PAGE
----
Worried about evangelism? Embrace the foolishness!

Jan Butter is The Point’s vicar in training and you may remember earlier this year when he asked us to take part in a survey on Evangelism as part of his course at St Mellitus College. His research project was to investigate people’s attitudes towards personal evangelism and to find out how best to help The Point family in our efforts to share the Good News. Here Jan shares some reflections on those results…..

The trouble began when I told a colleague that I was a Christian. I was 23, only weeks into my first job, and already the incessant mocking was making life unbearable; it seemed everyone in the office was in on it. I had joined a family-run business with no HR and was afraid that if I made too much fuss I’d be fired.

Then, one day, they hired a new employee. He was five years older than me with an air of such cool confidence. We all took him to the pub for a welcome drink and, sure enough, a few minutes in a colleague pointed at me and said, “Guess what? He’s a Christian!” Everyone erupted with laughter. Except the new guy. He just took a sip from his pint and said, “Yeah? Me too.” The laughter died, people looked away and quickly changed the subject. I was never teased about my faith at work again.

A few months ago many of you kindly filled in my survey for theology college on the challenges and opportunities of evangelism, of sharing your faith with others.

The results were encouraging. More than 90% of those who did the survey had spoken to a non-Christian about God/their faith in the past six months and 74% had invited someone to church or a church event. Of a list of Jesus’ instructions ‘make disciples’ (Matthew 28:19) was selected as the second most important. ‘Pray’ (Matthew 6:5-15) was number 1.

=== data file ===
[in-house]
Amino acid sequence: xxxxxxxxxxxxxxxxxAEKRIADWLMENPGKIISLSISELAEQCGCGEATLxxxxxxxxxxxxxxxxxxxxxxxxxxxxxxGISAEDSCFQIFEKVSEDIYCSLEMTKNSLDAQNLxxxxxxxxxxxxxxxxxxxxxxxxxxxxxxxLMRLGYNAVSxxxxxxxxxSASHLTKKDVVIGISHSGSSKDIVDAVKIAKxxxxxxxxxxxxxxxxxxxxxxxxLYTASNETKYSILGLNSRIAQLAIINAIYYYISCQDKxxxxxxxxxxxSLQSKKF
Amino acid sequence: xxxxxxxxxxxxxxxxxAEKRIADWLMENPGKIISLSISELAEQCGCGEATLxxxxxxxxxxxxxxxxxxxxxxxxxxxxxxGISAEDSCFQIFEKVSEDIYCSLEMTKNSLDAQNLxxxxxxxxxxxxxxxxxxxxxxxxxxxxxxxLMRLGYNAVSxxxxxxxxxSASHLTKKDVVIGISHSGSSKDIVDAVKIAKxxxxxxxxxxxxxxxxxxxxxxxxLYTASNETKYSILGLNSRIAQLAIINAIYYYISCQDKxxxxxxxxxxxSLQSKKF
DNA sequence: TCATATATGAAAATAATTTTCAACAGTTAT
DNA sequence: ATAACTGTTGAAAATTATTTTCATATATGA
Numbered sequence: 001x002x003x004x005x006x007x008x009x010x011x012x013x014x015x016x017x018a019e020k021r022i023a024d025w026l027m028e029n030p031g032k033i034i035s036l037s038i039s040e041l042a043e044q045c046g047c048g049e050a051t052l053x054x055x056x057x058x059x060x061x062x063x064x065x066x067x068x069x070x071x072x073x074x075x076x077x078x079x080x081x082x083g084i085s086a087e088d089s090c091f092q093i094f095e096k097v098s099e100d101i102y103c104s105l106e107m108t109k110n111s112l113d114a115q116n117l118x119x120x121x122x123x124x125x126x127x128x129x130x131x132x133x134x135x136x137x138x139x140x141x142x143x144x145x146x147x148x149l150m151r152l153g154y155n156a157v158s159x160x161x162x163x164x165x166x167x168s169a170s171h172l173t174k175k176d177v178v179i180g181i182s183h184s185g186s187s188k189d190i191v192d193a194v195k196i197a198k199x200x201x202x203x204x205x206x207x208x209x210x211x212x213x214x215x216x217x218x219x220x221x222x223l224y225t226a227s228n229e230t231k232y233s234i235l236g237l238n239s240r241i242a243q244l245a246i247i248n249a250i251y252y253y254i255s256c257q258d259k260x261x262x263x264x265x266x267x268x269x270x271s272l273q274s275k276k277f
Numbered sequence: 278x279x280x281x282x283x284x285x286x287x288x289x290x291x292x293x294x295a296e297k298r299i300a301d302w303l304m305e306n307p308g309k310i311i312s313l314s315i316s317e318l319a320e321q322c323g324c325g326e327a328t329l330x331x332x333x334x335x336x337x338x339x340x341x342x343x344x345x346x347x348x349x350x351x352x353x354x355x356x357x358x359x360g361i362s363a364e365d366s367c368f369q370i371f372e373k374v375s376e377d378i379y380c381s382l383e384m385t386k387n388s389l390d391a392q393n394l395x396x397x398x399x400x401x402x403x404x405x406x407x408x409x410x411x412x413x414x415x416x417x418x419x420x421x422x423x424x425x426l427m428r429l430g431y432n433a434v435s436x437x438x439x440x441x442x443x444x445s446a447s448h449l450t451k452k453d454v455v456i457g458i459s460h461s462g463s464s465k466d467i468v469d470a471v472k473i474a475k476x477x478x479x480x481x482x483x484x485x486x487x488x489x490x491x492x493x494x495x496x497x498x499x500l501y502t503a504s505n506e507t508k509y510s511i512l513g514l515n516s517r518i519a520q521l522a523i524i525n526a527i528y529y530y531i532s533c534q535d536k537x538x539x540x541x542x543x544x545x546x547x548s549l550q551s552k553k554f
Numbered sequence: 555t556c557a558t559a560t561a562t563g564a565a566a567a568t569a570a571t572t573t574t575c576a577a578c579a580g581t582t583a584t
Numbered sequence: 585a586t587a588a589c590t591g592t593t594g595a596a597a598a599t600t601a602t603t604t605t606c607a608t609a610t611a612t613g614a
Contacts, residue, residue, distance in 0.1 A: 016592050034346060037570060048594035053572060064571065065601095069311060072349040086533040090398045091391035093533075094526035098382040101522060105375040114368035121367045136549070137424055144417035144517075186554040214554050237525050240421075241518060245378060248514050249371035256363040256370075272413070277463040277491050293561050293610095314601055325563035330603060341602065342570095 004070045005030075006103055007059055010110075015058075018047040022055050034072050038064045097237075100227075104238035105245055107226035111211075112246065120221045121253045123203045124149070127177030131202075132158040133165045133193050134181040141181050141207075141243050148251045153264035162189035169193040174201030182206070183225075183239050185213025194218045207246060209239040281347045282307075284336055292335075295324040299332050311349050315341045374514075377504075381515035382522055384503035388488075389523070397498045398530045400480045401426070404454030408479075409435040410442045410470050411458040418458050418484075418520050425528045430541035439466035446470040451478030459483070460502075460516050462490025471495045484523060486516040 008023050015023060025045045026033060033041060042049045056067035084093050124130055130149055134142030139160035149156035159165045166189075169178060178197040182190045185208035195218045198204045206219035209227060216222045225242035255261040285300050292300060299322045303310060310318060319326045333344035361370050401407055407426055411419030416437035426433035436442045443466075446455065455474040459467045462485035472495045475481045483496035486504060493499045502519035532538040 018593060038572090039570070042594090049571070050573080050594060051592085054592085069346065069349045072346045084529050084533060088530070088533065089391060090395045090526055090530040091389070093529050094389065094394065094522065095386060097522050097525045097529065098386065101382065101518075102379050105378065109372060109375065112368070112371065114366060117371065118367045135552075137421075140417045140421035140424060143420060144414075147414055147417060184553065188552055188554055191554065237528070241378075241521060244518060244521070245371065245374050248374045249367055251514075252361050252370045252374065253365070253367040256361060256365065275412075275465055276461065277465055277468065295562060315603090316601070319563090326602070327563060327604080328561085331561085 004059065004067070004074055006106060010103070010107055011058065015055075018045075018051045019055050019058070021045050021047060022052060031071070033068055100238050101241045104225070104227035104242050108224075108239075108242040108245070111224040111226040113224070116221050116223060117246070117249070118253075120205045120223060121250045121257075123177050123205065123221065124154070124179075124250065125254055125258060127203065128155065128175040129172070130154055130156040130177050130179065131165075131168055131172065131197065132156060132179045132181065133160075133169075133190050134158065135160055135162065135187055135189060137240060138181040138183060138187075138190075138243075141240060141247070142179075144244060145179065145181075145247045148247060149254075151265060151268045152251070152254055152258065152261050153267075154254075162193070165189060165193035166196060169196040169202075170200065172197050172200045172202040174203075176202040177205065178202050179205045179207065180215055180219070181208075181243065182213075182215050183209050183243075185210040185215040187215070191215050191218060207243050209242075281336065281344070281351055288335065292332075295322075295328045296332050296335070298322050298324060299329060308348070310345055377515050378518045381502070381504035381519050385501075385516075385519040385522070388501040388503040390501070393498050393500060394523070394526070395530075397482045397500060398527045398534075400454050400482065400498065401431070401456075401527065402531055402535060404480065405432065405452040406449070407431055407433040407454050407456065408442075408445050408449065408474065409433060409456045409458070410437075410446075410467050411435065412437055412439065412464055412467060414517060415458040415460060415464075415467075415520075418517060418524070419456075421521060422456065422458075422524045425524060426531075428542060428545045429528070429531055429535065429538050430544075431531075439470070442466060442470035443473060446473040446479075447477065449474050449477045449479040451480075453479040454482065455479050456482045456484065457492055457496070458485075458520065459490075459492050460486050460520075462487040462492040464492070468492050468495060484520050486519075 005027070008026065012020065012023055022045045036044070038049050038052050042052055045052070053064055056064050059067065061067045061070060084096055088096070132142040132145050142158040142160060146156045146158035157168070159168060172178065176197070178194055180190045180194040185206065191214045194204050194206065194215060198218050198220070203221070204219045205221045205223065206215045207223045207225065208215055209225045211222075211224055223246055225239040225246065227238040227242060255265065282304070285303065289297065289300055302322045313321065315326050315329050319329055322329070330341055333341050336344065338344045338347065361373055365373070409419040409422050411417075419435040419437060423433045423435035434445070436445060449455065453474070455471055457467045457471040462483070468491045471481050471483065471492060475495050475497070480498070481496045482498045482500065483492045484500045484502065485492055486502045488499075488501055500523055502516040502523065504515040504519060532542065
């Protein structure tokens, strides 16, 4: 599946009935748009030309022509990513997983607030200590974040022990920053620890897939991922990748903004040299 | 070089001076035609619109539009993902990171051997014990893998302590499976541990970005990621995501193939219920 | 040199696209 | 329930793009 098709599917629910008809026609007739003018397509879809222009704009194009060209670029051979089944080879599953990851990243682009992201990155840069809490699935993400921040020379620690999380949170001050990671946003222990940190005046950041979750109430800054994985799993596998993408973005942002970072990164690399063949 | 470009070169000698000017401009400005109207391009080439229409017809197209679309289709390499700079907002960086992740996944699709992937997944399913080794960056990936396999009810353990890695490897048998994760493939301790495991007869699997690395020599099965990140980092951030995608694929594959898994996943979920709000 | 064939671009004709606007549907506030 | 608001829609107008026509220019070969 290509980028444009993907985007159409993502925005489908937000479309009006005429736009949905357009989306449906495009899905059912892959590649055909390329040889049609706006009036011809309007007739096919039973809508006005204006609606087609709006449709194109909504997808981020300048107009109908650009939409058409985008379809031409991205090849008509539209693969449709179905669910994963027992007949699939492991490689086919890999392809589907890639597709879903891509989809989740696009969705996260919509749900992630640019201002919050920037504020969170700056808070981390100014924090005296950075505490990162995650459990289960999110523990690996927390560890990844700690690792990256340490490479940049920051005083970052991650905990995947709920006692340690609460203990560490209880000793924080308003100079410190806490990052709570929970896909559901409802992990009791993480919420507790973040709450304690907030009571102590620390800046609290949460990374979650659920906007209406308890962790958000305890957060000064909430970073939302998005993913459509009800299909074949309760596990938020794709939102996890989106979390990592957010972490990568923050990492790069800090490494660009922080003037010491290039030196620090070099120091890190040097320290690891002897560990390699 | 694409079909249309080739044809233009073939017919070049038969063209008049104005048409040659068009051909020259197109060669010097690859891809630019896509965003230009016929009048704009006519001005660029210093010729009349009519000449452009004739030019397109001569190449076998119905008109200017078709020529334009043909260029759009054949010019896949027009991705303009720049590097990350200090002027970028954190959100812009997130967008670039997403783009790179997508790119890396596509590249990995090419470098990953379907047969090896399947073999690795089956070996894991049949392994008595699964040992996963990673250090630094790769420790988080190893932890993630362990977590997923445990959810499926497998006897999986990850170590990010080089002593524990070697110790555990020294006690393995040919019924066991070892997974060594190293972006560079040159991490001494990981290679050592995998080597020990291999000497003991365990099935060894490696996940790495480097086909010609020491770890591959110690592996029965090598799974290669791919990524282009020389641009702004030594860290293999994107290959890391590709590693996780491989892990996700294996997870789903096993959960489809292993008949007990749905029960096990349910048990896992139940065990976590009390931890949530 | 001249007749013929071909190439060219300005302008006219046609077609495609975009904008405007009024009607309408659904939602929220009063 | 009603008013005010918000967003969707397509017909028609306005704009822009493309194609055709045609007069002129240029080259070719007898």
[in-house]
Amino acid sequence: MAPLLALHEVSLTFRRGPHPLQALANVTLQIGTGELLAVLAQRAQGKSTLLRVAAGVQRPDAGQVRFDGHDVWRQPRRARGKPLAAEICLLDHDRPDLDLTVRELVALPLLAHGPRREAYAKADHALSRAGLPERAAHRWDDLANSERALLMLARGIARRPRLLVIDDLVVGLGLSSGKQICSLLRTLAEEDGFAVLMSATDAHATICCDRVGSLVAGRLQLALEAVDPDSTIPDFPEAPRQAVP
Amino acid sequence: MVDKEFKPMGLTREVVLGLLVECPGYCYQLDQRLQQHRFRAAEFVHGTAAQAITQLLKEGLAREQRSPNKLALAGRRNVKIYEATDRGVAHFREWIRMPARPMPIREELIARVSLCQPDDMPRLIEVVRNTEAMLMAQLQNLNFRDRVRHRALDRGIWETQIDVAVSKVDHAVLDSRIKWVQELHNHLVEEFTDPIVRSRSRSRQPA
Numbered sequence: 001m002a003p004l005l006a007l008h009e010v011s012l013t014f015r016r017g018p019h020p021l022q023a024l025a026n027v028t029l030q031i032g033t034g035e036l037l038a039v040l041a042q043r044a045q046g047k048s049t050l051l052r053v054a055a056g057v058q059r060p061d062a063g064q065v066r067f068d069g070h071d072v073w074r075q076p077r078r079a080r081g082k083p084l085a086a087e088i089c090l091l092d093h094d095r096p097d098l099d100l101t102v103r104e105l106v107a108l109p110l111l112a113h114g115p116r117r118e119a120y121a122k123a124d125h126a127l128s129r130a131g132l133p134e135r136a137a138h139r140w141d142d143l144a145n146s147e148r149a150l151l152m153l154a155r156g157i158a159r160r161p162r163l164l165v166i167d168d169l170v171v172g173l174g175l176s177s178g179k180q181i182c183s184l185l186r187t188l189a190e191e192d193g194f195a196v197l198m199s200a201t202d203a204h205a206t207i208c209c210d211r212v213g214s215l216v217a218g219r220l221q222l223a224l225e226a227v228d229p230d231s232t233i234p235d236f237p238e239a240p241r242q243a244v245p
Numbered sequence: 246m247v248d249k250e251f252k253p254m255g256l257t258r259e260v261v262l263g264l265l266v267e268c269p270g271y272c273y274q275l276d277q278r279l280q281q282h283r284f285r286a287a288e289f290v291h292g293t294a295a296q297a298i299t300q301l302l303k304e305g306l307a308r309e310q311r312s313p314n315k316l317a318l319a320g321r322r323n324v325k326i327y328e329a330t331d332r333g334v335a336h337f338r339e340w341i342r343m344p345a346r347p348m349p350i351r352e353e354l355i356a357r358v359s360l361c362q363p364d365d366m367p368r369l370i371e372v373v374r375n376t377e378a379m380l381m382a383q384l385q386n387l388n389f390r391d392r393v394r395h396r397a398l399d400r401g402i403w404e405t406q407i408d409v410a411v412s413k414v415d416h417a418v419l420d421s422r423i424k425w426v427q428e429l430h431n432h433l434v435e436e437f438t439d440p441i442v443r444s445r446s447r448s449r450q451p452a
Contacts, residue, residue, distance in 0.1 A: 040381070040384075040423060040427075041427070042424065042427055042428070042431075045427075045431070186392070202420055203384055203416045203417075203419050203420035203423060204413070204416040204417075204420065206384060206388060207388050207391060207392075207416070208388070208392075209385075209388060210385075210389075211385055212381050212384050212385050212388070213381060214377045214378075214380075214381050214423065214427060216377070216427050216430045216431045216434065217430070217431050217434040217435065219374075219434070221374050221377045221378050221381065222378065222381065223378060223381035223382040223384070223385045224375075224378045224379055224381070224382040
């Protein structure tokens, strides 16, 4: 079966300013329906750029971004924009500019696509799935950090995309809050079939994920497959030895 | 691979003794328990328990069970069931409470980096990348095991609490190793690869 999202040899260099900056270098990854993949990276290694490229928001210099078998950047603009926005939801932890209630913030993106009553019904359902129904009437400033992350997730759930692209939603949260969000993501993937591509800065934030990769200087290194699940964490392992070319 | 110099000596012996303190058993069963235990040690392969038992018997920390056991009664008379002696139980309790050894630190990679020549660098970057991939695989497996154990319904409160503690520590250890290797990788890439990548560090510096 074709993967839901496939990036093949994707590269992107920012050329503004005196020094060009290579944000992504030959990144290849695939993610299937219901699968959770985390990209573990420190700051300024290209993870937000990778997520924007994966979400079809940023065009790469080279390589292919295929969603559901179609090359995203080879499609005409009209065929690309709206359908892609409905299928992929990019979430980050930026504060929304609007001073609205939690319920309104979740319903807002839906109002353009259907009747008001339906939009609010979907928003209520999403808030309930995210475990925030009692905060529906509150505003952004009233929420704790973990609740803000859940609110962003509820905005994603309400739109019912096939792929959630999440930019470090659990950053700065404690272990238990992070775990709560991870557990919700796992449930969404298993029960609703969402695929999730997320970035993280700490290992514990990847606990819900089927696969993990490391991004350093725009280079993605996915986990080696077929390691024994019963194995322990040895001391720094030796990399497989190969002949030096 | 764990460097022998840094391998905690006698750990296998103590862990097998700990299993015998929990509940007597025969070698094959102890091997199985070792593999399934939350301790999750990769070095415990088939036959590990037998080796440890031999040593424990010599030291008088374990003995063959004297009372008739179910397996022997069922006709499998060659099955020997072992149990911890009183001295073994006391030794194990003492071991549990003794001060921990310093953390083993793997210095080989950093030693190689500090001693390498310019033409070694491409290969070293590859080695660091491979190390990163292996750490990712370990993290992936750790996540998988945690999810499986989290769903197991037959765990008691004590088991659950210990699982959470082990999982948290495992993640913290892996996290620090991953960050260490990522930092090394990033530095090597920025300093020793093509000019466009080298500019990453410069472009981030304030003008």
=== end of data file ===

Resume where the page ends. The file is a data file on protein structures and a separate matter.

Yet, by far and away the biggest block to sharing faith with others was ‘being afraid of people’s reactions’. One third of everyone surveyed said they were concerned about this and several cited increasing secularisation and hostility to people of faith as particular worries.

The college essay I am writing about the (anonymous) results of the survey and the challenges/opportunities of evangelism have revealed some interesting truths. First, while the UK is becoming more secular, according to research fears of a hostile response is largely unfounded, that secularisation doesn’t equal intolerance and that many Brits have positive or neutral views of people of faith.

Next, according to experts, genuine personal relationships appear to be at the heart of effective evangelism, a “dominant motif” in people making a commitment to Jesus Christ. According to one writer, 70% of Christians in England came to faith primarily through relationships with other Christians.

 Third, Jesus is a model for evangelism, not just his intimate, personal approach with people, but also the fact he didn’t just carry a message but was himself a messenger who came to “testify to the truth”. His message was no less strange then as it is now, but the Gospel was (literally) who he was and he made no apologies for that.

All of this challenges me to, like my new colleague in the pub, have deep confidence in and to embody Jesus Christ and his message; to deepen my existing relationships with friends, colleagues and family so they will ask about Christ in me; and to keep telling people about this “stumbling block to Jews and foolishness to Gentiles,” because we know “to those whom God has called, both Jews and Greeks, Christ the power of God and the wisdom of God.” (Corinthians 1:23,24)